• 15. <ul><li>With these influences, early CBR programmes tended to have an ‘impairment’ bias, focusing on prevention of impairments and restoring functional ability in disabled individuals in order to ‘fit’ them into their community. </li></ul>
  • 16. The Medical Model of Disability <ul><li>Disability is individualised. It is regarded as a disease state that is located within an individual. Thus, the problem and solution may both be found within that individual </li></ul><ul><li>Disability is a disease state, a deviation from the norm, which inherently necessitates some form of treatment or cure </li></ul><ul><li>Being disabled , a person is regarded inherently as biologically or psychologically inferior to an able bodied person </li></ul><ul><li>Disability is viewed as a personal tragedy . It assumes the presence of a victim </li></ul>
  • 17. Community Based Rehabilitation <ul><li>Developments in eighties in the West </li></ul><ul><ul><li>Mainstreaming </li></ul></ul><ul><ul><li>Attention for the social model </li></ul></ul><ul><ul><li>Decade for Disabled People </li></ul></ul><ul><ul><li>(1980-1990) with International </li></ul></ul><ul><ul><li>Year of the Disabled in 1981 </li></ul></ul><ul><ul><li>Rise of Disabled Peoples </li></ul></ul><ul><ul><li>Organisations and focus on </li></ul></ul><ul><ul><li>rights issues </li></ul></ul><ul><ul><ul><li>1981 launch of DPI in Winnipeg </li></ul></ul></ul><ul><ul><ul><li>National and regional DPOs </li></ul></ul></ul>
  • 18. Social Model of Disability <ul><li>Human rights principles are at the core of the social model </li></ul><ul><li>A person’s impairment is not the cause of restriction of activity </li></ul><ul><li>The cause of restriction is the organisation of society </li></ul><ul><li>Society discriminates against disabled people </li></ul><ul><li>Attitudinal, sensory, architectural, and economic barriers are equally, if not more, important than health barriers </li></ul><ul><li>Less emphasis is placed on the involvement of health professionals in the life of a person with disability </li></ul>
  • 19. <ul><li>The social model focuses on the strengths of the person (and not on her limitations as in the medical model) and values her potential . This model frames disability as part of human diversity. Fear, ignorance and prejudice create barriers and cause discrimination which increases disability. The issue becomes an attitudinal one requiring individuals to change their perceptions in order to ensure full participation of people with disabilities in society. </li></ul>
  • 20. <ul><li>The ICF( the International Classification of Functioning, Disability and Health ). illustrates a clear shift from the 1980 version of ICIDH which describe disability, impairment and handicap in terms of diminishment to a model which describes body structure, functioning, activities and participation in a positive way. </li></ul>
  • 21. <ul><li>Health condition </li></ul><ul><li>(Disorder or disease) </li></ul>Body functions and structures (Impairment) Activities (Restrictions) Participation ( Limitations) Environmental Factors Personal factors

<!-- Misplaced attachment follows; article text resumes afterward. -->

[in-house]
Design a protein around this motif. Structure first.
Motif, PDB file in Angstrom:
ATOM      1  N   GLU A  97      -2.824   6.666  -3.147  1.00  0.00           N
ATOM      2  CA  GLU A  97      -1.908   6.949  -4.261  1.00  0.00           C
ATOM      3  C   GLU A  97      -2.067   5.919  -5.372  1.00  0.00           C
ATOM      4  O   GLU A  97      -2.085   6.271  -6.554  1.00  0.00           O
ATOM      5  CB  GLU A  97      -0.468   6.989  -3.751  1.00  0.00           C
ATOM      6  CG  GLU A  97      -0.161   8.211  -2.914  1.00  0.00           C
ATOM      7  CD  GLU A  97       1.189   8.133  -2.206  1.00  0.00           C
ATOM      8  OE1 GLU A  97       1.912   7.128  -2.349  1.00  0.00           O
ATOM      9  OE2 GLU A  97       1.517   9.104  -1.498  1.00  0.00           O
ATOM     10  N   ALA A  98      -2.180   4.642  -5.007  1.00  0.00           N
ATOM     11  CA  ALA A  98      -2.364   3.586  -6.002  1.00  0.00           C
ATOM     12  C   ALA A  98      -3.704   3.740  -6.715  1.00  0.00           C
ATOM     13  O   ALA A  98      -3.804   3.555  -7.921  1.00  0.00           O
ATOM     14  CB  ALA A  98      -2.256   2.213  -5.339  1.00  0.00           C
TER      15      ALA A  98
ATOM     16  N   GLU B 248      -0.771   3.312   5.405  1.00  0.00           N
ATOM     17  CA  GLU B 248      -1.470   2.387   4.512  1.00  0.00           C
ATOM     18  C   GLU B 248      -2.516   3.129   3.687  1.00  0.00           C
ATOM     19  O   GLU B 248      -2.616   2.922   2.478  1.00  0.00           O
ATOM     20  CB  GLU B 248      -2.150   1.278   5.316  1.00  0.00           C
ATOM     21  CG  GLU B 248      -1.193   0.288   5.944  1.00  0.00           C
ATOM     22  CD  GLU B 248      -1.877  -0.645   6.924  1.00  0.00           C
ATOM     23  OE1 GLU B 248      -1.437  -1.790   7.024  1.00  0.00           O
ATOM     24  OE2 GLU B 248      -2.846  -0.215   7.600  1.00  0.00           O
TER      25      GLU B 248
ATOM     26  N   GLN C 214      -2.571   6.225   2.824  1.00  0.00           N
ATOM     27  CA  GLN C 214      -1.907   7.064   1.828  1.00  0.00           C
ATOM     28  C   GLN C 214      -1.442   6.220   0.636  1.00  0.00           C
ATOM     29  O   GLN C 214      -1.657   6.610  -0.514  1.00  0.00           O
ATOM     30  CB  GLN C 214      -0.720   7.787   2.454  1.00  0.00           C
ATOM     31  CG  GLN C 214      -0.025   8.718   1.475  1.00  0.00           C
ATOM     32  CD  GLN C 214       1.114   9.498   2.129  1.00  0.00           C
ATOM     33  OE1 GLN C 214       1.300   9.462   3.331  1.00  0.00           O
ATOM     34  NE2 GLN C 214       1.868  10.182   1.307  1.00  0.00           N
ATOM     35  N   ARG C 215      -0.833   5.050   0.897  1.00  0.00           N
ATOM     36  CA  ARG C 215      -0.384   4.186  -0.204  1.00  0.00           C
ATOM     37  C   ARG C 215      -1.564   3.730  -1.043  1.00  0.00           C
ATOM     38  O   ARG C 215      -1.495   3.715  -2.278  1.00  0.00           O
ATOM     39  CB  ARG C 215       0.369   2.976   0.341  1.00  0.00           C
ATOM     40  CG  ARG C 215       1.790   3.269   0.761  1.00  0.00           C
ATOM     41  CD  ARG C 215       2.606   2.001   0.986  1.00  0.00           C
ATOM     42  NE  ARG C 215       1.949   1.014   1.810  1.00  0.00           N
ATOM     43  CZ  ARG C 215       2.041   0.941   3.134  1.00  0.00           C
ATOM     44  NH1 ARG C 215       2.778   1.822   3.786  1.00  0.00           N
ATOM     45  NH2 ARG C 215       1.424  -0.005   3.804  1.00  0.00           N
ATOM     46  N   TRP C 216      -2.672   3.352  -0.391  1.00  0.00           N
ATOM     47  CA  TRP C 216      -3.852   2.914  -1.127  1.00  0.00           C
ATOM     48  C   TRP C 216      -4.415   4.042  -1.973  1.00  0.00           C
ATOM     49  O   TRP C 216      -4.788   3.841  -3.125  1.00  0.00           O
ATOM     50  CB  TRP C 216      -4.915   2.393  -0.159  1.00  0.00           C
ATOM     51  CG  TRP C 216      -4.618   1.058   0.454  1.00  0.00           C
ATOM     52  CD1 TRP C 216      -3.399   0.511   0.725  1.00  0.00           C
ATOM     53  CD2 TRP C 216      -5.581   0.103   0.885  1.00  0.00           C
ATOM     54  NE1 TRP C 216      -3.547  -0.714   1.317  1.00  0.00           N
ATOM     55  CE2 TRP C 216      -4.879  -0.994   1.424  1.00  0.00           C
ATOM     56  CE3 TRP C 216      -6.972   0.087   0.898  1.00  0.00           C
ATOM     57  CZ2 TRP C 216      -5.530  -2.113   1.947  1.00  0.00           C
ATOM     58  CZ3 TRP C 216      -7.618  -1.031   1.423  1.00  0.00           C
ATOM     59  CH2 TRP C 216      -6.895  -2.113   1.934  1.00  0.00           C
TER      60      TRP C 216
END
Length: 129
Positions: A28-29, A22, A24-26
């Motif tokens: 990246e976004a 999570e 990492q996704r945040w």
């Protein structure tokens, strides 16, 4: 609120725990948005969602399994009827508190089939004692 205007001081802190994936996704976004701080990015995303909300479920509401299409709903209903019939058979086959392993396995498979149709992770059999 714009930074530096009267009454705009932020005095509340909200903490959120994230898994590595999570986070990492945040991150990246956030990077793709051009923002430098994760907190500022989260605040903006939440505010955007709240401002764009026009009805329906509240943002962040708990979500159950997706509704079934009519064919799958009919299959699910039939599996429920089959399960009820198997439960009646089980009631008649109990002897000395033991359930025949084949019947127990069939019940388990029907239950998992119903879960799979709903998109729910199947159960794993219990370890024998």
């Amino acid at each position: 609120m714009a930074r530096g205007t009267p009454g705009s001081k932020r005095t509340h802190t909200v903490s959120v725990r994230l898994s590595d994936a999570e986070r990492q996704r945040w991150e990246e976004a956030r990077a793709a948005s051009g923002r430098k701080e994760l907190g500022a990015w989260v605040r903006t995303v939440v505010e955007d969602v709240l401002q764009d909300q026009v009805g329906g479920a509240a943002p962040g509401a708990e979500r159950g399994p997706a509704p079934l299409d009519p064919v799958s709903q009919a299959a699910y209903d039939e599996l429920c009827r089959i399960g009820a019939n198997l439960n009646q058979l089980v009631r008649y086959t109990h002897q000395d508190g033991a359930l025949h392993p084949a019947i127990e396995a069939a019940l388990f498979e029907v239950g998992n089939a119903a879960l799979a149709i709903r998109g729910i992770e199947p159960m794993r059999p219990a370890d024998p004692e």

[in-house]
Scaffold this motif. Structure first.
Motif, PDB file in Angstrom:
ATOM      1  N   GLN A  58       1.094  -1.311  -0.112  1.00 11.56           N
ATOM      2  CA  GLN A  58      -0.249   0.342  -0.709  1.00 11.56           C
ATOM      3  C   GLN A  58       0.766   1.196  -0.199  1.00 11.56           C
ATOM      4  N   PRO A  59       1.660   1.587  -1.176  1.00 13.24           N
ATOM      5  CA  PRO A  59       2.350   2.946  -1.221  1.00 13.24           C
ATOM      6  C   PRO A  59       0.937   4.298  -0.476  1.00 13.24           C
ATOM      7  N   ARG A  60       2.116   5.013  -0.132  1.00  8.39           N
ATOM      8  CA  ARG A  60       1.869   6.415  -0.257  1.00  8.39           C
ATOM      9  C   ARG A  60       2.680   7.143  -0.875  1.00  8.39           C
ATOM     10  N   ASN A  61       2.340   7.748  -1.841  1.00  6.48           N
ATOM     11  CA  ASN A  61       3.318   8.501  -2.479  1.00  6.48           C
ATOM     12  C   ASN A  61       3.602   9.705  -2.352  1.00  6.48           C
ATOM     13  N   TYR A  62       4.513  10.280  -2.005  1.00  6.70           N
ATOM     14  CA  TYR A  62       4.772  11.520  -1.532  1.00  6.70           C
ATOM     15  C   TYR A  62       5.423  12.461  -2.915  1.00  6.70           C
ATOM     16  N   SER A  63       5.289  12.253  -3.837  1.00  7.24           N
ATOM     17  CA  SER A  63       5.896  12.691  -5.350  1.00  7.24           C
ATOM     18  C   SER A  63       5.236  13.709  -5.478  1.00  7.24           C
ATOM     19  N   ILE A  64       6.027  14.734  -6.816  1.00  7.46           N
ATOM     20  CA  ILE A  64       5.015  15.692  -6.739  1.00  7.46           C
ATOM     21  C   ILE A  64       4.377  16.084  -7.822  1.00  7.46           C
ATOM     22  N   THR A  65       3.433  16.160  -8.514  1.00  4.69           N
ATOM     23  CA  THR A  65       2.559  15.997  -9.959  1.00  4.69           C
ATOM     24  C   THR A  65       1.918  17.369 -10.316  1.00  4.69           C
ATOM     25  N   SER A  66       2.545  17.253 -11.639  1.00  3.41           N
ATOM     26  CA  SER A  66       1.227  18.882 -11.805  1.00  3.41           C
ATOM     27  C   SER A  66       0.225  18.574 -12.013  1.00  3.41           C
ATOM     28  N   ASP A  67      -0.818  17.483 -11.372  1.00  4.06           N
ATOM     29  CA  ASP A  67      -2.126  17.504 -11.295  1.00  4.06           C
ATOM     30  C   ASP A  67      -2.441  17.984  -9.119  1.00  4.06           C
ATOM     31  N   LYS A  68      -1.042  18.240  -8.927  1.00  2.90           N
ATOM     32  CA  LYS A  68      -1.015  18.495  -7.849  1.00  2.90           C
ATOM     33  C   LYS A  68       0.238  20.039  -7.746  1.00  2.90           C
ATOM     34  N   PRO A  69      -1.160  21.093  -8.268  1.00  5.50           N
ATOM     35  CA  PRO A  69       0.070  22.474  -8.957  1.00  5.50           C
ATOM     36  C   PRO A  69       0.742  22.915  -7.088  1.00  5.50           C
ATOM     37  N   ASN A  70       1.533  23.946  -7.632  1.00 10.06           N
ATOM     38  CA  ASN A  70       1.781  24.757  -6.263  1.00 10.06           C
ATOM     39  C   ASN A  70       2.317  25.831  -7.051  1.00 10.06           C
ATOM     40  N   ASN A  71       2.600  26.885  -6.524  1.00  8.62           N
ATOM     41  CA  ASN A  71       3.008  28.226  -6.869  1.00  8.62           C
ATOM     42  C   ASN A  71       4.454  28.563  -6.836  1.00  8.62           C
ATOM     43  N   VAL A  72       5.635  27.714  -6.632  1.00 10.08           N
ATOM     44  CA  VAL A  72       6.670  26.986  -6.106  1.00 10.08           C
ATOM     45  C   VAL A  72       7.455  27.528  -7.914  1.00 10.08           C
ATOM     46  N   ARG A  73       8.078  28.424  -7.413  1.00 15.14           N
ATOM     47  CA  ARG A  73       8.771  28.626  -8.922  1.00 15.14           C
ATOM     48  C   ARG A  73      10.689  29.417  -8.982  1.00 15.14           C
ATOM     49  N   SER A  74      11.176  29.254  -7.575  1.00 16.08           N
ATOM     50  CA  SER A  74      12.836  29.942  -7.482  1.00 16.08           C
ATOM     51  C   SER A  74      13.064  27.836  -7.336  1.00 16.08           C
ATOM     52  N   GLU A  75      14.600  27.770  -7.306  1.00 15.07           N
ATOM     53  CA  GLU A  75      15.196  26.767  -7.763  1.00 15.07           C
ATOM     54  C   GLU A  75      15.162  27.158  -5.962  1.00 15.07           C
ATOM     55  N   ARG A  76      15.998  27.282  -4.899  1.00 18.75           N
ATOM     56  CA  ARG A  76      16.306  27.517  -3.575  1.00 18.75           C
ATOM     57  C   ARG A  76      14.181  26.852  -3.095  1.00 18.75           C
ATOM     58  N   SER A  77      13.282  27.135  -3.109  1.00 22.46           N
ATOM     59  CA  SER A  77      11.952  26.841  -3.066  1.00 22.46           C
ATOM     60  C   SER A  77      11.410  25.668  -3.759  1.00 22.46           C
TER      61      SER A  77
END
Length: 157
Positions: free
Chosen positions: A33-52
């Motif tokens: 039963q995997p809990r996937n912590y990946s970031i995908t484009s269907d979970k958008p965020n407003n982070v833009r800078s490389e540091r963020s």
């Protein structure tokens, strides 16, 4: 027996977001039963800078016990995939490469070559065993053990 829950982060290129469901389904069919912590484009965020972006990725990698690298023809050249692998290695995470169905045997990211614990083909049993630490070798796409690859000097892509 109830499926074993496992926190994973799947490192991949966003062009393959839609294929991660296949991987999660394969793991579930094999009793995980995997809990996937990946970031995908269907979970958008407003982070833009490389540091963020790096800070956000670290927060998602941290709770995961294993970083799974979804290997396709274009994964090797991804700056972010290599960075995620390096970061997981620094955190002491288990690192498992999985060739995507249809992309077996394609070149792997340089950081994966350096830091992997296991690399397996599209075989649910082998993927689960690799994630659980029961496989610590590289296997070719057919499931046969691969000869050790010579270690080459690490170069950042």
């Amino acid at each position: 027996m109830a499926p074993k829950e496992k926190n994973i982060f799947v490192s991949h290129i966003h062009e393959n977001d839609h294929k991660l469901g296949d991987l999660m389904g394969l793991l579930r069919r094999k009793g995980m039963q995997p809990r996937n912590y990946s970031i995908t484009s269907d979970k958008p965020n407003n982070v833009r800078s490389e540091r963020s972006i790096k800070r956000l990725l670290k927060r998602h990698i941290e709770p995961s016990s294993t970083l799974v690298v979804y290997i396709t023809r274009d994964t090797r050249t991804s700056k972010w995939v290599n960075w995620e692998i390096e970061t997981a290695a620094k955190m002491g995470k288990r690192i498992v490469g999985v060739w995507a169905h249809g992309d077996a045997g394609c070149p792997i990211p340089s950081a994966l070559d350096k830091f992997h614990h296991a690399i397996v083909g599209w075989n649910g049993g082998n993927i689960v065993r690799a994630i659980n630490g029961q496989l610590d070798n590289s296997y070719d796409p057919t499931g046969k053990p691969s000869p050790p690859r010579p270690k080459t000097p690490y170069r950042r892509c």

• 22. <ul><li>Health condition, personal factors and environmental factors are all considered as influences on body functioning, performance of activities and participation in social life. </li></ul>
  • 23. What is CBR? <ul><li>CBR is what the people say it is… </li></ul><ul><li>(in Wolffers and Finkenflugel, 1993) </li></ul><ul><li>CBR is a philosophy with diverse applications that reflect the variety of cultures and levels of development (Peat, 1997) </li></ul>
  • 24. Definitions of CBR <ul><li>CBR involves measures taken at the community level to use and build on the resources of the community, including the impaired, disabled and handicapped persons themselves, their families and their community as a whole (WHO, 1984) </li></ul>
  • 25. Definitions of CBR <ul><li>CBR is more than a method; it is a philosophy aimed at working in the struggle for human rights and more specifically the rights of disabled people (Alexandra township South Africa, 1991) </li></ul>
  • 26. Definitions of CBR <ul><li>CBR is a strategy within community development for the rehabilitation, equalisation of opportunities and social integration of people with disabilities (UN, 1994) </li></ul><ul><li>It is achieved through the combined efforts of people with disabilities, their families, and communities and the appropriate health, education, vocational and social services </li></ul>
  • 27. Term CBR, Usages <ul><li>1. Home based services provided by families to their disabled members in their homes. </li></ul><ul><li>2. Self help projects run by disabled persons. </li></ul><ul><li>3. Out-reach projects run by rehabilitation institutions. </li></ul><ul><li>4. NGO projects run by paid CBR workers. </li></ul><ul><li>5. An ideology, which promotes inclusion of disabled persons in developmental projects. </li></ul><ul><li>6. Institutional programmes located in villages. </li></ul><ul><li>7. A term to describe anything related to rehabilitation of disabled persons. </li></ul>
  • 28. Classification of Rehabilitation Projects <ul><li>4 dimensions / objectives </li></ul><ul><ul><li>Restoration of quality of live </li></ul></ul><ul><ul><li>Locus of Power </li></ul></ul><ul><ul><li>Commitment to involve others </li></ul></ul><ul><ul><li>Range of Activities </li></ul></ul>Individual model Social model